Buddhism, The Four Noble Truths, & Christianity

Written By Victor Stanley Jr.


Buddhism is a religion birth out of Hinduism in India; it was founded in the 5th century B.C. by Siddhartha Gautama, more commonly known as Buddha, and subsequently spread throughout the East Asian continent. In the latter half of the twentieth century it began to spread rapidly in the United States. It is a difficult religion to understand because it is very syncretistic, and as a result lacks objective concrete doctrines to analyze, understand, and refute. This fact, combined with the many forms of Buddhism that exist, means that there is no formula or strict method for engaging and evangelizing a Buddhist.

However, if one understands the core tenets from which many of the philosophical ideas arise, he can then be more prepared when encountering a Buddhist. These core tenets found in the teachings of Buddha are mainly concerned with the “ramifications of the Four Noble Truths, and the Eightfold Path.”[1] It is from these two intertwined sets of teachings that the basis for the Buddhists views on life, death, and morality are drawn as well as the inspiration for their rituals and practices.

Worldview & Practices

The Four Noble Truths provide the framework for Buddhism’s teachings, and it is from these that the rest of their worldview and practices flow. “The Buddhist worldview is… of a world dis-eased, a world entrapped in craving, where dukkha reigns supreme because people have not seen the dharma, the truth about existence.”[2] To understand the Four Noble Truths one must first understand dukkha and dharma. The Buddha taught that one must see things as they really are in order to overcome unpleasantness, imperfection, and frustration; these three things are together referred to as dukkha, which means pain or suffering.[3] Dharma simply means “the teaching, and the way things are,”[4] and it is through adherence to the dharma that one reaches enlightenment and achieves nirvana. Thus the Four Noble Truths are an essential part of the dharma that guide one to the means of destroying dukkha in order to free oneself from the vicious cycle of life.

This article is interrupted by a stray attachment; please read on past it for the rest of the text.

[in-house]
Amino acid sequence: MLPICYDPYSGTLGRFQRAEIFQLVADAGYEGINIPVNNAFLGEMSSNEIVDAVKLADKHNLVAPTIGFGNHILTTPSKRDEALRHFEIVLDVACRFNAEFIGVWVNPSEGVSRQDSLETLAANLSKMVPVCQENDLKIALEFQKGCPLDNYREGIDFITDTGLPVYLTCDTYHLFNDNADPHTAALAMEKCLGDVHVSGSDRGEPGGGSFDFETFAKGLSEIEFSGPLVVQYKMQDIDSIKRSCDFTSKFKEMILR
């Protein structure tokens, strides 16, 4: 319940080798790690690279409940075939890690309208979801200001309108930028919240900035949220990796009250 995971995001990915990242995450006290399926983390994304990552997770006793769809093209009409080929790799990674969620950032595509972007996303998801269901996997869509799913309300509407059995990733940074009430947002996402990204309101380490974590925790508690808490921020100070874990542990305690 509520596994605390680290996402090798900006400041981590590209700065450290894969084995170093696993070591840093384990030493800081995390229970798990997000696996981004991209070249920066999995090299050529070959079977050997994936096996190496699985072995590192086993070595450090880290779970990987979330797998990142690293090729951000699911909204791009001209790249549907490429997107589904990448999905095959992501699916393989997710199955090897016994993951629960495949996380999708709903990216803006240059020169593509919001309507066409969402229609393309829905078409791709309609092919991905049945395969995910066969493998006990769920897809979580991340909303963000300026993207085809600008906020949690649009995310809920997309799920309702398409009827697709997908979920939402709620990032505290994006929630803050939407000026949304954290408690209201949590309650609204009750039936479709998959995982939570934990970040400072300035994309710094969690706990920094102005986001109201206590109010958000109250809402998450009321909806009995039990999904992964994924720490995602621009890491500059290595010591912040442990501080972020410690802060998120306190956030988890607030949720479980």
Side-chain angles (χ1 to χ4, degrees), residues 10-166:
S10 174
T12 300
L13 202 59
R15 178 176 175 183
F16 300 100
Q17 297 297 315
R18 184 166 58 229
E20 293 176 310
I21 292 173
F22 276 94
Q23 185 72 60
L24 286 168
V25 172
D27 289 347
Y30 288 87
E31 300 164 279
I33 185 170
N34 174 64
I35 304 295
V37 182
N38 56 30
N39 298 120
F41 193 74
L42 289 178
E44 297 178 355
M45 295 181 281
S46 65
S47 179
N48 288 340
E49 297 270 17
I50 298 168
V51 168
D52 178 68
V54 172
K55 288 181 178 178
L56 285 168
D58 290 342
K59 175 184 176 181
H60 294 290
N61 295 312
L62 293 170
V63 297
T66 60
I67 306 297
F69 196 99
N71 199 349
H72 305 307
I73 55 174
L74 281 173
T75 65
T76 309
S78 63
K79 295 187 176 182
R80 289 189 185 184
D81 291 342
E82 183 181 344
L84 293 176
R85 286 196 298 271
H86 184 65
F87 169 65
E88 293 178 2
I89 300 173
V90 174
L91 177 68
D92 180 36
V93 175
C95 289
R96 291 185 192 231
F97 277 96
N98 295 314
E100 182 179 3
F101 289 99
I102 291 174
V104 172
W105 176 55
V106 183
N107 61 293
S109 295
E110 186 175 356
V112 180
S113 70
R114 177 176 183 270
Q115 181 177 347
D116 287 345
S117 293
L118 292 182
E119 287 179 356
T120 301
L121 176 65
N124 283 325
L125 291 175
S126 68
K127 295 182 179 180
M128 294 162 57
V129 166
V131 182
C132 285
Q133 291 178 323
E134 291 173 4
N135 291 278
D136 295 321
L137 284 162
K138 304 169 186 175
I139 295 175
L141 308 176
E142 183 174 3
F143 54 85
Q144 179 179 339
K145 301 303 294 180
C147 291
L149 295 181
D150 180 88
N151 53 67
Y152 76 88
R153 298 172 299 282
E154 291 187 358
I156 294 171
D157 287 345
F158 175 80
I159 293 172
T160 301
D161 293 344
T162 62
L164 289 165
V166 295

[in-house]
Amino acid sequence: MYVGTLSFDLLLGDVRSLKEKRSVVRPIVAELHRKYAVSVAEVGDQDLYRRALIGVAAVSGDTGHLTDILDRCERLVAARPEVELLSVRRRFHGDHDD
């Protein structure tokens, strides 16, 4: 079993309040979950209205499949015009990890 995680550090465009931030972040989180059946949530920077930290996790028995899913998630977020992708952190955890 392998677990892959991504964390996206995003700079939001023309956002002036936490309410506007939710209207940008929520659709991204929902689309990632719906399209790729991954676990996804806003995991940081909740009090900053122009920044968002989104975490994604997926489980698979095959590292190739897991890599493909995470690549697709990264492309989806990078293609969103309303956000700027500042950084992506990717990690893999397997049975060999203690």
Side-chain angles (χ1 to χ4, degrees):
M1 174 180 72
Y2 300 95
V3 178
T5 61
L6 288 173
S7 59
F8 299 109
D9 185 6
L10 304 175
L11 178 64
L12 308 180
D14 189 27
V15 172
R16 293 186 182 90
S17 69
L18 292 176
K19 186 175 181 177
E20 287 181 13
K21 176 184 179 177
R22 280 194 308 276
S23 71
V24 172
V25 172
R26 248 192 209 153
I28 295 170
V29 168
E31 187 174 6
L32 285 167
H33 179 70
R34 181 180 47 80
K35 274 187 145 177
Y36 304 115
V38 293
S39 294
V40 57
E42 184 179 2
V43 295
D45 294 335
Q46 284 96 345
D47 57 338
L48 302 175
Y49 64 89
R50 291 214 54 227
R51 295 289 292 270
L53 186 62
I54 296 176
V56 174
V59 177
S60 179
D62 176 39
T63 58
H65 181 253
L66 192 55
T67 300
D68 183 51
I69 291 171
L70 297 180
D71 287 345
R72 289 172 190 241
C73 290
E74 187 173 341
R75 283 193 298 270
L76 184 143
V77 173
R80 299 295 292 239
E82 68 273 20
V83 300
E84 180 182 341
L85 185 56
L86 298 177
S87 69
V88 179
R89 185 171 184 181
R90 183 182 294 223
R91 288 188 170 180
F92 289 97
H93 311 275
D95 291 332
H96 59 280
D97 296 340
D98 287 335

The first Noble Truth deals with the reality of suffering, and can be summed up in the phrase, ‘existence is pain,’ or ‘all is suffering.’[5] This has to do with the belief that life is a continuous cycle of births and deaths known as samsara, and because of this one will suffer until she can escape this cycle, this salvation being called moksha; Tibetan Buddhists illustrate the cycle of rebirth with the Wheel of Life.[6] This first Noble Truth immediately generates two questions: What is the cause of this suffering and vicious cycle, and how does one eliminate this suffering? The next two Noble Truths answer these two questions.

The second Noble Truth is concerned with the cause of suffering. The Buddha taught that the cause of suffering is craving, that is desire, and that this craving is due to ignorance.[7] The path to ending suffering is greatly concerned with removing these desires from oneself in order to eliminate suffering. The Tibetan Buddhists Wheel of Life has three animals in the center that “symbolize three faults that the Buddha believed people must overcome. These faults are hatred, ignorance or delusion, and greed—all of which involve craving. Hatred involves the craving to destroy. Ignorance and greed bring about craving unnecessary things.”[8] These cravings and desires are said to hinder a person from letting go of what one perceives to be reality, but is actually a delusion. The Buddha taught that people have created their own mental prisons and become trapped in them, but that they can find freedom by changing the way they view the world.[9]

The third Noble Truth reveals the fact that suffering must be brought to an end. If one can destroy suffering, that is dukkha, then she will have freed herself from the cravings and metal imprisonment keeping her bound to this life. It is at this point that one enters into nirvana; nirvana is realized through the extinction of cravings, and is thus a state of bliss free of dukkha.